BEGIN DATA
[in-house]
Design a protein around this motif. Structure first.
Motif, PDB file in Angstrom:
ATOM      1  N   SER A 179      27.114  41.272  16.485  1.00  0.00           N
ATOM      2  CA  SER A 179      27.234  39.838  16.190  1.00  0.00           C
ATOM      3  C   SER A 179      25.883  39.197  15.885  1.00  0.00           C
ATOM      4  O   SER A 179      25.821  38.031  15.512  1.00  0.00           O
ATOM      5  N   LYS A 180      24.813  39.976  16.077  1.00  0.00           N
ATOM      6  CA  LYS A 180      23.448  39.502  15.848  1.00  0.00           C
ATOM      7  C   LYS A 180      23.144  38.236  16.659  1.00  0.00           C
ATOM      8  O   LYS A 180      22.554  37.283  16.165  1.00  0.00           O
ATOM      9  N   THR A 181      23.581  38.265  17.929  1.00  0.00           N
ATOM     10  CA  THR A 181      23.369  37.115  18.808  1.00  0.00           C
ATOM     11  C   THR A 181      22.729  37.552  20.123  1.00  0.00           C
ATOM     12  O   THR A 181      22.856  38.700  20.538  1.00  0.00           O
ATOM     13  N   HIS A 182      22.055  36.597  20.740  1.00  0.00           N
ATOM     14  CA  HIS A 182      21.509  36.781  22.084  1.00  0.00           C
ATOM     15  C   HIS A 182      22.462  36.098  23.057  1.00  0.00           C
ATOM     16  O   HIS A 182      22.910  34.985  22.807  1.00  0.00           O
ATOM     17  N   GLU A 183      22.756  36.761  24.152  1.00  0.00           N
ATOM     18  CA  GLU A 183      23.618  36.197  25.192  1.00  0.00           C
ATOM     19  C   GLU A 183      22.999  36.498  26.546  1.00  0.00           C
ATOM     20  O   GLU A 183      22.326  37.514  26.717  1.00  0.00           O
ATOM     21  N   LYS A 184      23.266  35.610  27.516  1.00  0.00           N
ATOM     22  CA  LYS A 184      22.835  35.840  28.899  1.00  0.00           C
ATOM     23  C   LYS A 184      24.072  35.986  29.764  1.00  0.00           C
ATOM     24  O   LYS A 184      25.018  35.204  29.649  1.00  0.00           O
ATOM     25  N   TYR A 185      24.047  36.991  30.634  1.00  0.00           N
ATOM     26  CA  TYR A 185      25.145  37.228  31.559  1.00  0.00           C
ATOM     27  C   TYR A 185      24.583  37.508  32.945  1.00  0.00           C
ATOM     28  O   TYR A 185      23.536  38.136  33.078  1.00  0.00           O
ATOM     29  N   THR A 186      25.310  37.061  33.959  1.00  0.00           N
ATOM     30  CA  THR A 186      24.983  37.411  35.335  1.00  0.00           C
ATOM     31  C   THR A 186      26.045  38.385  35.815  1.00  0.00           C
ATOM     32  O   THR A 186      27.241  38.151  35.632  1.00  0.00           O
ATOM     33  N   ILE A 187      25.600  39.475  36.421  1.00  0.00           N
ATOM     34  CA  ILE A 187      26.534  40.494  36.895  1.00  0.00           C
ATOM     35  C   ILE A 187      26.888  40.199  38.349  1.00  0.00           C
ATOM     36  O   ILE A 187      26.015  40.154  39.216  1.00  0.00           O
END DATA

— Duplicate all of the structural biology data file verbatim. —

[in-house]
Design a protein around this motif. Structure first.
Motif, PDB file in Angstrom:
ATOM      1  N   SER A 179      27.114  41.272  16.485  1.00  0.00           N
ATOM      2  CA  SER A 179      27.234  39.838  16.190  1.00  0.00           C
ATOM      3  C   SER A 179      25.883  39.197  15.885  1.00  0.00           C
ATOM      4  O   SER A 179      25.821  38.031  15.512  1.00  0.00           O
ATOM      5  N   LYS A 180      24.813  39.976  16.077  1.00  0.00           N
ATOM      6  CA  LYS A 180      23.448  39.502  15.848  1.00  0.00           C
ATOM      7  C   LYS A 180      23.144  38.236  16.659  1.00  0.00           C
ATOM      8  O   LYS A 180      22.554  37.283  16.165  1.00  0.00           O
ATOM      9  N   THR A 181      23.581  38.265  17.929  1.00  0.00           N
ATOM     10  CA  THR A 181      23.369  37.115  18.808  1.00  0.00           C
ATOM     11  C   THR A 181      22.729  37.552  20.123  1.00  0.00           C
ATOM     12  O   THR A 181      22.856  38.700  20.538  1.00  0.00           O
ATOM     13  N   HIS A 182      22.055  36.597  20.740  1.00  0.00           N
ATOM     14  CA  HIS A 182      21.509  36.781  22.084  1.00  0.00           C
ATOM     15  C   HIS A 182      22.462  36.098  23.057  1.00  0.00           C
ATOM     16  O   HIS A 182      22.910  34.985  22.807  1.00  0.00           O
ATOM     17  N   GLU A 183      22.756  36.761  24.152  1.00  0.00           N
ATOM     18  CA  GLU A 183      23.618  36.197  25.192  1.00  0.00           C
ATOM     19  C   GLU A 183      22.999  36.498  26.546  1.00  0.00           C
ATOM     20  O   GLU A 183      22.326  37.514  26.717  1.00  0.00           O
ATOM     21  N   LYS A 184      23.266  35.610  27.516  1.00  0.00           N
ATOM     22  CA  LYS A 184      22.835  35.840  28.899  1.00  0.00           C
ATOM     23  C   LYS A 184      24.072  35.986  29.764  1.00  0.00           C
ATOM     24  O   LYS A 184      25.018  35.204  29.649  1.00  0.00           O
ATOM     25  N   TYR A 185      24.047  36.991  30.634  1.00  0.00           N
ATOM     26  CA  TYR A 185      25.145  37.228  31.559  1.00  0.00           C
ATOM     27  C   TYR A 185      24.583  37.508  32.945  1.00  0.00           C
ATOM     28  O   TYR A 185      23.536  38.136  33.078  1.00  0.00           O
ATOM     29  N   THR A 186      25.310  37.061  33.959  1.00  0.00           N
ATOM     30  CA  THR A 186      24.983  37.411  35.335  1.00  0.00           C
ATOM     31  C   THR A 186      26.045  38.385  35.815  1.00  0.00           C
ATOM     32  O   THR A 186      27.241  38.151  35.632  1.00  0.00           O
ATOM     33  N   ILE A 187      25.600  39.475  36.421  1.00  0.00           N
ATOM     34  CA  ILE A 187      26.534  40.494  36.895  1.00  0.00           C
ATOM     35  C   ILE A 187      26.888  40.199  38.349  1.00  0.00           C
ATOM     36  O   ILE A 187      26.015  40.154  39.216  1.00  0.00           O